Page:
The next adventure

It’s been nearly a year since I last posted, and what a year it’s been! I wrote and defended my PhD thesis (which took up most of my time), submitted a couple papers and grant applications, and still managed to find a bit of time for fieldwork.

My thesis is now 100% complete, and I’ll hopefully be uploading a version to the website once I’ve sorted out copyrights etc. If you want a copy in the meantime, just contact me with your email address and I’ll send it on. There will also be some papers splintering off from the thesis that will get published over the next couple years, so watch for those too.

So, what’s next?

I’ve come to the end of an era at the University of Alberta: a full decade between my undergrad and PhD. It’s time to move on, and I’m excited to announce that I’ll be taking up a 2-year Royal Society Newton Fellowship with Steve Brusatte at the University of Edinburgh in Scotland!

Edinburgh is a beautiful city and I’m thrilled to be heading there for two years!

This is an incredibly exciting opportunity, not just for the research but also for the opportunity to travel and expand my horizons. The research is a bit of a change-up from what I usually work on. Instead of focusing on dinosaurs, I’ll be looking at Paleocene mammals–these are the very first animals that took over on land after the dinosaurs went extinct. Unlike their Mesozoic ancestors, these mammals became BIG, and this encapsulates one of the major questions in mammal evolution: why did mammals only get big after the dinosaurs went extinct?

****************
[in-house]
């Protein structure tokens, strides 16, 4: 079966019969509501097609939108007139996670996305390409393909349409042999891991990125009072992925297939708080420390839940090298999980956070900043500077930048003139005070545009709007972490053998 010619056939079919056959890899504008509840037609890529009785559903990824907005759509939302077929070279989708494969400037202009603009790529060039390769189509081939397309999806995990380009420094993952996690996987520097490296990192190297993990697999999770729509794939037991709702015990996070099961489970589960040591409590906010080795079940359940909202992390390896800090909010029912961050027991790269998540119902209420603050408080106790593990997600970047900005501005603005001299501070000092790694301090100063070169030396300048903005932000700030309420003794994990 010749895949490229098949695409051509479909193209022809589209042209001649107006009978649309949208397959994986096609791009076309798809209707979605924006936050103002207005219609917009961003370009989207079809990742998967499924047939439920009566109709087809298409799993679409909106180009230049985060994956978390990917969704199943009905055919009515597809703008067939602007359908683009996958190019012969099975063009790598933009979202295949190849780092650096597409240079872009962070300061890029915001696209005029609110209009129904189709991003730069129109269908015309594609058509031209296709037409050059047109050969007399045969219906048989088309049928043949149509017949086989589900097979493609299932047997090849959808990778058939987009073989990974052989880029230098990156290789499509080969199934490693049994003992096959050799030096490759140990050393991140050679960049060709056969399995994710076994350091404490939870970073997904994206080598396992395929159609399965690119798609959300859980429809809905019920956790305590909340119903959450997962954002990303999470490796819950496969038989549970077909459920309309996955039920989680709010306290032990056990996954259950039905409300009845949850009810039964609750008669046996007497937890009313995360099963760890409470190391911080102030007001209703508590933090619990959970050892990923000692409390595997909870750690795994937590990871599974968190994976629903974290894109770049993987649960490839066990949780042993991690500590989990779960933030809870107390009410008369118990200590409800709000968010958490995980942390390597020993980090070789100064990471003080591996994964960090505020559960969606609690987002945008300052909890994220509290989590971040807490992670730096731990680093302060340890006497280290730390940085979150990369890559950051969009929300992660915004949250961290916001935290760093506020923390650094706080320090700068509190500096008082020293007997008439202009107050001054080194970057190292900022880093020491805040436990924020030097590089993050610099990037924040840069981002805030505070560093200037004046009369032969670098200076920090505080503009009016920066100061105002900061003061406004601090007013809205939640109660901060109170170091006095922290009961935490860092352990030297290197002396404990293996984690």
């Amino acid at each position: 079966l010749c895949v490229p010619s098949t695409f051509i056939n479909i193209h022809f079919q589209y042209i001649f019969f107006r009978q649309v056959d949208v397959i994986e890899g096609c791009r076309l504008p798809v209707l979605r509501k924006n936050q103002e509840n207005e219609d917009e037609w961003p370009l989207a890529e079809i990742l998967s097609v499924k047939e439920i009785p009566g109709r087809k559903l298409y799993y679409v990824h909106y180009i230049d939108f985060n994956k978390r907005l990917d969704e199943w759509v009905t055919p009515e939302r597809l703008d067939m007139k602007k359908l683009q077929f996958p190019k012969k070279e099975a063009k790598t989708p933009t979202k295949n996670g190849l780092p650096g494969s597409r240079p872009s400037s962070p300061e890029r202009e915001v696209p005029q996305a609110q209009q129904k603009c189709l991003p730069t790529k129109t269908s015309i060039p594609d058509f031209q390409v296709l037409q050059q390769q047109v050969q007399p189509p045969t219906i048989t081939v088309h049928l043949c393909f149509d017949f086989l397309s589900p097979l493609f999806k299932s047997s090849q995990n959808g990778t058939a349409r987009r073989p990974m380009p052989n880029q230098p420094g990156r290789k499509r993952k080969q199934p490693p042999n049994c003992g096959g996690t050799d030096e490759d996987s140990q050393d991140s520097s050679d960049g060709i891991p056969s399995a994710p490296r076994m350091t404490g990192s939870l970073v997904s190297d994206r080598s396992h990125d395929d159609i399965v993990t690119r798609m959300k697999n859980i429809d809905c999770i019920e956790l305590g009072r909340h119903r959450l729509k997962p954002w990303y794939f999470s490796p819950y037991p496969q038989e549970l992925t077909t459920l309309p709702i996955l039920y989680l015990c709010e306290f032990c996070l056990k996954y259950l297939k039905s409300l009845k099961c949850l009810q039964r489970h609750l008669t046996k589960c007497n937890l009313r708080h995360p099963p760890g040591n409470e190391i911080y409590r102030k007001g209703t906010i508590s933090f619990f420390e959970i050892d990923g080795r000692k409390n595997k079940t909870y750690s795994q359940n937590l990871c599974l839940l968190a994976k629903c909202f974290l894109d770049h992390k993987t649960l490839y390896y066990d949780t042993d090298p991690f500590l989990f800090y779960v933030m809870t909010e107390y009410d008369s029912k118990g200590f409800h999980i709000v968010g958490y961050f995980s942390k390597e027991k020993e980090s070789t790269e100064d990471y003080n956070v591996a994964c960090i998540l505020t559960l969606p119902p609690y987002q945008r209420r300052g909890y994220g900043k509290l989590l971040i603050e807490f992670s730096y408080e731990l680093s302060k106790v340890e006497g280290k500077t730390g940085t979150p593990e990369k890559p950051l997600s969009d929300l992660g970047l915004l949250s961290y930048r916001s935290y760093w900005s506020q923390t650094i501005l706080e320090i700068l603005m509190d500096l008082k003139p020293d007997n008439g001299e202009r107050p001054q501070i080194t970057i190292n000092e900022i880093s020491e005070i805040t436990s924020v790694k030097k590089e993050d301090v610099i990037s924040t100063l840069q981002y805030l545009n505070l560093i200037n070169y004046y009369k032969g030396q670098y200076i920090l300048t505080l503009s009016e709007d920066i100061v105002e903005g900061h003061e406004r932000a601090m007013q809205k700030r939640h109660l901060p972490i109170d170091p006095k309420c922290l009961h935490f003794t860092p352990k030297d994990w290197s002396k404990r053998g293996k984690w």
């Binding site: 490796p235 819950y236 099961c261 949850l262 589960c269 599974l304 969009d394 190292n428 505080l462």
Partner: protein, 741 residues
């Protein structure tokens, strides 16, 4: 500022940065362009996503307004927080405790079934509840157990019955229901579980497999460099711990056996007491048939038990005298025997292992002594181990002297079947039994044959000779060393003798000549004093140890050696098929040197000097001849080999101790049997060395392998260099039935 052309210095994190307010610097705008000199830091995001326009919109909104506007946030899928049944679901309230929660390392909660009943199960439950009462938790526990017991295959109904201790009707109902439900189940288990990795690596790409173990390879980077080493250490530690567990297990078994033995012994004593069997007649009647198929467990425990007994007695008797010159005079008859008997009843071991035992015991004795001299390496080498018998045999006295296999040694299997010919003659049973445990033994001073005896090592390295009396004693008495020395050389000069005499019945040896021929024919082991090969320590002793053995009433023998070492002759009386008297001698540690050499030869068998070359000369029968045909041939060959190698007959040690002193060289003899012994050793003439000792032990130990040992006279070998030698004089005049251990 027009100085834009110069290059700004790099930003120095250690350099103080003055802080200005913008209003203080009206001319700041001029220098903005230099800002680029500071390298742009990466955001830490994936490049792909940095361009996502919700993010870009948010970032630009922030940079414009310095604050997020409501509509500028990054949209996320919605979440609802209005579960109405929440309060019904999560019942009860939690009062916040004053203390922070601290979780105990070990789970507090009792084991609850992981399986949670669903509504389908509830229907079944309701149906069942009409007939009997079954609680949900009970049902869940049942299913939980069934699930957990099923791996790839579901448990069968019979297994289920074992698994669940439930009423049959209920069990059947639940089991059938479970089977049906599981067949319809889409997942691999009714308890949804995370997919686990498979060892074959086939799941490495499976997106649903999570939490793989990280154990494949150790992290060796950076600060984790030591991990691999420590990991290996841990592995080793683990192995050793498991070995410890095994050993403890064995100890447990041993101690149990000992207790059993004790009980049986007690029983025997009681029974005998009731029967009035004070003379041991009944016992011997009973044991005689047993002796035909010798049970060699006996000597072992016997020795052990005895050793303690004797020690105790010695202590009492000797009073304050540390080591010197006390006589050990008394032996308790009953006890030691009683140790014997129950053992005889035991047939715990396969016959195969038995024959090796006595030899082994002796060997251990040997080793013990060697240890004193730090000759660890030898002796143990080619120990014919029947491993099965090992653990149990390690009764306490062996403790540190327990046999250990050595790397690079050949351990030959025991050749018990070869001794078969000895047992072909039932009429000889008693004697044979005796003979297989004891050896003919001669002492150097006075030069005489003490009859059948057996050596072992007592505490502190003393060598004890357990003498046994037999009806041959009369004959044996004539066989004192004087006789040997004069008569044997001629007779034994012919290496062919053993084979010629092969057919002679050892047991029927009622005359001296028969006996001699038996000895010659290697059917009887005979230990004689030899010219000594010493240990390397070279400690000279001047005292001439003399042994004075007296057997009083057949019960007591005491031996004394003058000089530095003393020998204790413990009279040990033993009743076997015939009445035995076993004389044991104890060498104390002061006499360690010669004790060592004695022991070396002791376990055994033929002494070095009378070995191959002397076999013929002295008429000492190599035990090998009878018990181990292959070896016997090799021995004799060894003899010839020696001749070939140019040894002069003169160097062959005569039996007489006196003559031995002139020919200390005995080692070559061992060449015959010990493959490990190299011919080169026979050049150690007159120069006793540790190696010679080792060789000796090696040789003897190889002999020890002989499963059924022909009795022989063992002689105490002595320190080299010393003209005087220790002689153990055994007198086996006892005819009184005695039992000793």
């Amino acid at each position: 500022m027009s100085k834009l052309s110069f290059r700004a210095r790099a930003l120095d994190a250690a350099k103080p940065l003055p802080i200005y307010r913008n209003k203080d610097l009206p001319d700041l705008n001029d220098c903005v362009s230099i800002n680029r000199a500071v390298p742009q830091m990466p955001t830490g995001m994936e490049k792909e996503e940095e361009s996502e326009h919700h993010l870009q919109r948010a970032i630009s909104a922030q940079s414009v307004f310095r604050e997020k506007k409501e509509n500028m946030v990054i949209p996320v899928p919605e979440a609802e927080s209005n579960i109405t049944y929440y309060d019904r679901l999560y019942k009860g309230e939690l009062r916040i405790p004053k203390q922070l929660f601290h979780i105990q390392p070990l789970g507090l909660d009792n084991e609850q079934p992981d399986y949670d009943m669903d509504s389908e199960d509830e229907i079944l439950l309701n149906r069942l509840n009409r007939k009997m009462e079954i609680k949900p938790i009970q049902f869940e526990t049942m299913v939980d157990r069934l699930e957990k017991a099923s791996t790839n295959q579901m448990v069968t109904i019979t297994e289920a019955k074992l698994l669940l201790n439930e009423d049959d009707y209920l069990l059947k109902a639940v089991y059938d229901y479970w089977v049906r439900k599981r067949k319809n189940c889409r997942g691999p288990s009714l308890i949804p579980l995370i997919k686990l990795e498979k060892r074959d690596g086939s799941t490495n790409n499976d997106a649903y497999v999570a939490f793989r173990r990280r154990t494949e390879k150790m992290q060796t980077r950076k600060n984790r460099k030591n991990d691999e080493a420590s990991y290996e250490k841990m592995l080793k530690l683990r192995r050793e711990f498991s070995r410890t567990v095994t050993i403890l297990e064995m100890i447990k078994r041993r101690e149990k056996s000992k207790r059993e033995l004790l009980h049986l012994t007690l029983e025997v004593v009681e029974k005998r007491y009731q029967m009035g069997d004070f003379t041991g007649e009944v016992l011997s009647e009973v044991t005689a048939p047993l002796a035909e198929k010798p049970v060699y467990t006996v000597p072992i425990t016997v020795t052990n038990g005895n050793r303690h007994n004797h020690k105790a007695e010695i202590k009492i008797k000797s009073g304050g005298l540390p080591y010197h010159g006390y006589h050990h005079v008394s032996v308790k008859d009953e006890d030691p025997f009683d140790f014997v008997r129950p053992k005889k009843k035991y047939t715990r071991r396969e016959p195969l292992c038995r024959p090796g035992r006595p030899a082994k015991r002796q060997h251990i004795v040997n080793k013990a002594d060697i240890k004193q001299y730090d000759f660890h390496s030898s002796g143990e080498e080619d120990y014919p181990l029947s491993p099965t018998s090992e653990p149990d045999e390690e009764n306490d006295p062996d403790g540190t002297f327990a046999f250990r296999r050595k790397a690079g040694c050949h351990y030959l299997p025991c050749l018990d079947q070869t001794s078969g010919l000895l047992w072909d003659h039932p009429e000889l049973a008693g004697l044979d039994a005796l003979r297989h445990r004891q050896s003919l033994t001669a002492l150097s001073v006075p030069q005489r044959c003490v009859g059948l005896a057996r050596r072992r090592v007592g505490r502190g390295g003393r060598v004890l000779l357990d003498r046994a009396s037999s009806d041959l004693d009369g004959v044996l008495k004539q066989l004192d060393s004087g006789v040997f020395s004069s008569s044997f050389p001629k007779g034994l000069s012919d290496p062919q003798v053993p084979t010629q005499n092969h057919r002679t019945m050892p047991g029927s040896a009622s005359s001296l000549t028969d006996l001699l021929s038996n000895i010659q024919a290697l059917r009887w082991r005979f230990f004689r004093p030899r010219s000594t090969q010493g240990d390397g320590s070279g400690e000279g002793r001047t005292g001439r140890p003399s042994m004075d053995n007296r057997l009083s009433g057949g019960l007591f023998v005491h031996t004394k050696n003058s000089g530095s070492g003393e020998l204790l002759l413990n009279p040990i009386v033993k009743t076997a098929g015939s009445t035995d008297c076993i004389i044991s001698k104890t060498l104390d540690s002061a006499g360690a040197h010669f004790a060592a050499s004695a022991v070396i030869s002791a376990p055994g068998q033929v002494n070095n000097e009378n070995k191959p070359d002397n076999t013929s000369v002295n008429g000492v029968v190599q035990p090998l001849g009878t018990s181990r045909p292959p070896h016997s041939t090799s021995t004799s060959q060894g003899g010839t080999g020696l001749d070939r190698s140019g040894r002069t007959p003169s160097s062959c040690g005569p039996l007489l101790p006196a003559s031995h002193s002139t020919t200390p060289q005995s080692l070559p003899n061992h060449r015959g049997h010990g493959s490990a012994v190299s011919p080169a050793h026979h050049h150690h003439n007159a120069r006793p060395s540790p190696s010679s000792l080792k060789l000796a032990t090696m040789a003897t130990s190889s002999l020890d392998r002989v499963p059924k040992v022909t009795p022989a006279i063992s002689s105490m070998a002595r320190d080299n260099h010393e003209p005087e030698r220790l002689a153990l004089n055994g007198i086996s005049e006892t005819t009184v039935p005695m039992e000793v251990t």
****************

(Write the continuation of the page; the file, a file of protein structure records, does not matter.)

There are (if we oversimplify) two main theories. First, there’s the obvious one: Mesozoic mammals were outcompeted by dinosaurs and couldn’t evolve to large sizes. This seems ok on the surface, but every other group of ‘background characters’ also became giant during the reign of dinosaurs: crocs, pterosaurs, turtles, etc. So instead, some palaeontologists think that mammal body sizes were limited by their physiology–the way they grew.

Our project tries to evaluate which of these hypotheses is more likely by figuring out the growth patterns of the first mammals that got big, using histology. If they’re radically different than their ancestors, then we have good evidence that it was some physiological barrier that they overcame.

Our histological approach for the study: by thin-sectioning the bones, we can establish the rates and durations of maximum growth in Paleocene mammals.

The study is a small portion of a broad project led by Steve and Tom Williamson, to understand the dynamics of how mammals took over the world after the dinosaurs. It’s an incredibly exciting project that could change the way we perceive one of the major transitions in life on earth. Needless to say, I’m excited to be on board!

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